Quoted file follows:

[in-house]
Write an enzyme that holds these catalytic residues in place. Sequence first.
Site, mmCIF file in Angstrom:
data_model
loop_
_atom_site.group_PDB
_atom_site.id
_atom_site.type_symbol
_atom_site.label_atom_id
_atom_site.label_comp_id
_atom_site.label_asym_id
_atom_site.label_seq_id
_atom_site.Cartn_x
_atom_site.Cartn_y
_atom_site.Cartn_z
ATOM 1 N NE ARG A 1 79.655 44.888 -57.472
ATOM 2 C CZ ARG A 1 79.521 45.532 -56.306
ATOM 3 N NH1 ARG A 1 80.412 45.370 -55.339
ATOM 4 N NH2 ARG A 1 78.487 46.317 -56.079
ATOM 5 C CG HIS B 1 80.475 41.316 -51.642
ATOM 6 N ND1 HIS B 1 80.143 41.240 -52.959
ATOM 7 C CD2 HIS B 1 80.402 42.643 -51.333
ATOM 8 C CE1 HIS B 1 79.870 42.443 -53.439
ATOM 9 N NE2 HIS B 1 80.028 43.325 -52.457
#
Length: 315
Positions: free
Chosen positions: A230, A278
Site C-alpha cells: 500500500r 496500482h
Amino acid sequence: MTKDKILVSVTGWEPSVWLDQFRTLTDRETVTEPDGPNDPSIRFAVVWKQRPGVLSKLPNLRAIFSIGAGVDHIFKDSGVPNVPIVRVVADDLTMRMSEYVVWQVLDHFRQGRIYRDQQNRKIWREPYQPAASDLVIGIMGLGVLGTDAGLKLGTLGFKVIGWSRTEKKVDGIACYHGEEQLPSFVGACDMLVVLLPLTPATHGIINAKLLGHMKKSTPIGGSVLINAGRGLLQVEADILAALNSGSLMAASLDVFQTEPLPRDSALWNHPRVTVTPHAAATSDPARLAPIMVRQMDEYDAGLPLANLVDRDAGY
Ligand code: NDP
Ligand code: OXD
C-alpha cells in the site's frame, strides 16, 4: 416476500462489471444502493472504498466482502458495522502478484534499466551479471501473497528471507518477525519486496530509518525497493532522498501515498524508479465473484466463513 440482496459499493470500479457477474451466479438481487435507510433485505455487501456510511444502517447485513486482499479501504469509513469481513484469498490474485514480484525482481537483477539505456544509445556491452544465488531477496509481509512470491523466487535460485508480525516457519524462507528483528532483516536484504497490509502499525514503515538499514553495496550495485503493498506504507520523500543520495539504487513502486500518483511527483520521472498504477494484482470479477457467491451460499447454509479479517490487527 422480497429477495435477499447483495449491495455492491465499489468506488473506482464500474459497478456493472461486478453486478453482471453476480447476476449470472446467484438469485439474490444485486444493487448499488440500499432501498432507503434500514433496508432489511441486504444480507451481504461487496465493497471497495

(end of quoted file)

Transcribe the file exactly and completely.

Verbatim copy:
[in-house]
Write an enzyme that holds these catalytic residues in place. Sequence first.
Site, mmCIF file in Angstrom:
data_model
loop_
_atom_site.group_PDB
_atom_site.id
_atom_site.type_symbol
_atom_site.label_atom_id
_atom_site.label_comp_id
_atom_site.label_asym_id
_atom_site.label_seq_id
_atom_site.Cartn_x
_atom_site.Cartn_y
_atom_site.Cartn_z
ATOM 1 N NE ARG A 1 79.655 44.888 -57.472
ATOM 2 C CZ ARG A 1 79.521 45.532 -56.306
ATOM 3 N NH1 ARG A 1 80.412 45.370 -55.339
ATOM 4 N NH2 ARG A 1 78.487 46.317 -56.079
ATOM 5 C CG HIS B 1 80.475 41.316 -51.642
ATOM 6 N ND1 HIS B 1 80.143 41.240 -52.959
ATOM 7 C CD2 HIS B 1 80.402 42.643 -51.333
ATOM 8 C CE1 HIS B 1 79.870 42.443 -53.439
ATOM 9 N NE2 HIS B 1 80.028 43.325 -52.457
#
Length: 315
Positions: free
Chosen positions: A230, A278
Site C-alpha cells: 500500500r 496500482h
Amino acid sequence: MTKDKILVSVTGWEPSVWLDQFRTLTDRETVTEPDGPNDPSIRFAVVWKQRPGVLSKLPNLRAIFSIGAGVDHIFKDSGVPNVPIVRVVADDLTMRMSEYVVWQVLDHFRQGRIYRDQQNRKIWREPYQPAASDLVIGIMGLGVLGTDAGLKLGTLGFKVIGWSRTEKKVDGIACYHGEEQLPSFVGACDMLVVLLPLTPATHGIINAKLLGHMKKSTPIGGSVLINAGRGLLQVEADILAALNSGSLMAASLDVFQTEPLPRDSALWNHPRVTVTPHAAATSDPARLAPIMVRQMDEYDAGLPLANLVDRDAGY
Ligand code: NDP
Ligand code: OXD
C-alpha cells in the site's frame, strides 16, 4: 416476500462489471444502493472504498466482502458495522502478484534499466551479471501473497528471507518477525519486496530509518525497493532522498501515498524508479465473484466463513 440482496459499493470500479457477474451466479438481487435507510433485505455487501456510511444502517447485513486482499479501504469509513469481513484469498490474485514480484525482481537483477539505456544509445556491452544465488531477496509481509512470491523466487535460485508480525516457519524462507528483528532483516536484504497490509502499525514503515538499514553495496550495485503493498506504507520523500543520495539504487513502486500518483511527483520521472498504477494484482470479477457467491451460499447454509479479517490487527 422480497429477495435477499447483495449491495455492491465499489468506488473506482464500474459497478456493472461486478453486478453482471453476480447476476449470472446467484438469485439474490444485486444493487448499488440500499432501498432507503434500514433496508432489511441486504444480507451481504461487496465493497471497495